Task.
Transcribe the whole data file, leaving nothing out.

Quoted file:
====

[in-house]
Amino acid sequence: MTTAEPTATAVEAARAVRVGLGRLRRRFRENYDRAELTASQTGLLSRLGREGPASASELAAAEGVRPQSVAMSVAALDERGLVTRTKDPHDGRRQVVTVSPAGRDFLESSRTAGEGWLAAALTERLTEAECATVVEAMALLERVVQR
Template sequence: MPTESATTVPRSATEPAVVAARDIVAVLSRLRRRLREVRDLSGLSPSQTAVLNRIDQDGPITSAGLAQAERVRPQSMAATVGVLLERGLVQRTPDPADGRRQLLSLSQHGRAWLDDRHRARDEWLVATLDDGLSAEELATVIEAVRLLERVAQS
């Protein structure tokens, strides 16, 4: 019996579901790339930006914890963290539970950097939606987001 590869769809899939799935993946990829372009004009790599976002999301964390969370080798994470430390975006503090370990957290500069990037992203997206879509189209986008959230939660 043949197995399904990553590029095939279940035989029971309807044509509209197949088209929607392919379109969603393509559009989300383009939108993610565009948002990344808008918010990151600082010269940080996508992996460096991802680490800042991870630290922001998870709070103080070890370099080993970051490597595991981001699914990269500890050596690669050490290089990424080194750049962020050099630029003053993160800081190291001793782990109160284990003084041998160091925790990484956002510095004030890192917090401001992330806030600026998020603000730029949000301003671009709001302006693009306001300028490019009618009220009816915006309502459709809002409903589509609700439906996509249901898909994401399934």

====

[in-house]
Amino acid sequence: MTTAEPTATAVEAARAVRVGLGRLRRRFRENYDRAELTASQTGLLSRLGREGPASASELAAAEGVRPQSVAMSVAALDERGLVTRTKDPHDGRRQVVTVSPAGRDFLESSRTAGEGWLAAALTERLTEAECATVVEAMALLERVVQR
Template sequence: MPTESATTVPRSATEPAVVAARDIVAVLSRLRRRLREVRDLSGLSPSQTAVLNRIDQDGPITSAGLAQAERVRPQSMAATVGVLLERGLVQRTPDPADGRRQLLSLSQHGRAWLDDRHRARDEWLVATLDDGLSAEELATVIEAVRLLERVAQS
């Protein structure tokens, strides 16, 4: 019996579901790339930006914890963290539970950097939606987001 590869769809899939799935993946990829372009004009790599976002999301964390969370080798994470430390975006503090370990957290500069990037992203997206879509189209986008959230939660 043949197995399904990553590029095939279940035989029971309807044509509209197949088209929607392919379109969603393509559009989300383009939108993610565009948002990344808008918010990151600082010269940080996508992996460096991802680490800042991870630290922001998870709070103080070890370099080993970051490597595991981001699914990269500890050596690669050490290089990424080194750049962020050099630029003053993160800081190291001793782990109160284990003084041998160091925790990484956002510095004030890192917090401001992330806030600026998020603000730029949000301003671009709001302006693009306001300028490019009618009220009816915006309502459709809002409903589509609700439906996509249901898909994401399934």